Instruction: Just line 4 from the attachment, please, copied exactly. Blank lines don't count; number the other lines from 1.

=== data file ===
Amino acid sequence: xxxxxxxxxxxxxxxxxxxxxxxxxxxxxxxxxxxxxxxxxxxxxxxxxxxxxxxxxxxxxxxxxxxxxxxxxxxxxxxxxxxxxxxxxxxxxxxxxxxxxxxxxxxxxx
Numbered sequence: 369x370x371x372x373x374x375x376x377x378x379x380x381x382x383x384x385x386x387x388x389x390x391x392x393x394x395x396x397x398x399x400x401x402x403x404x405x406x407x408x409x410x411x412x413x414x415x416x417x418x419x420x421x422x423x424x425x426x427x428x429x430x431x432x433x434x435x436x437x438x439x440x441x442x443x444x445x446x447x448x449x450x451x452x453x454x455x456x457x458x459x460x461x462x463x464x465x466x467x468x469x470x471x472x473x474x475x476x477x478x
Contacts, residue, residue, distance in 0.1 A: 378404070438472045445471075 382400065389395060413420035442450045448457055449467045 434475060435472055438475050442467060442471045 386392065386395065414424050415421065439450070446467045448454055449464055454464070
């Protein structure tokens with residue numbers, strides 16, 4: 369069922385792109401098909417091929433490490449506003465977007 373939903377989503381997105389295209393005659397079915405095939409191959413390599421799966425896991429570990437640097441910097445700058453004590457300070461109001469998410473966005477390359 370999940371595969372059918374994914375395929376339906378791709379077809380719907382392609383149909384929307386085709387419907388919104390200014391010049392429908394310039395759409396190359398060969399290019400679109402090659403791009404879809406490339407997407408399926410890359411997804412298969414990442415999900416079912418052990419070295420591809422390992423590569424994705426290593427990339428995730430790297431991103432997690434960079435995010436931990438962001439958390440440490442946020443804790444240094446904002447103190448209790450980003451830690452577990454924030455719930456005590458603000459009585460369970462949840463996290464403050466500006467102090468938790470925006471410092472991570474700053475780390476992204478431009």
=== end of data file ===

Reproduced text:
């Protein structure tokens with residue numbers, strides 16, 4: 369069922385792109401098909417091929433490490449506003465977007 373939903377989503381997105389295209393005659397079915405095939409191959413390599421799966425896991429570990437640097441910097445700058453004590457300070461109001469998410473966005477390359 370999940371595969372059918374994914375395929376339906378791709379077809380719907382392609383149909384929307386085709387419907388919104390200014391010049392429908394310039395759409396190359398060969399290019400679109402090659403791009404879809406490339407997407408399926410890359411997804412298969414990442415999900416079912418052990419070295420591809422390992423590569424994705426290593427990339428995730430790297431991103432997690434960079435995010436931990438962001439958390440440490442946020443804790444240094446904002447103190448209790450980003451830690452577990454924030455719930456005590458603000459009585460369970462949840463996290464403050466500006467102090468938790470925006471410092472991570474700053475780390476992204478431009």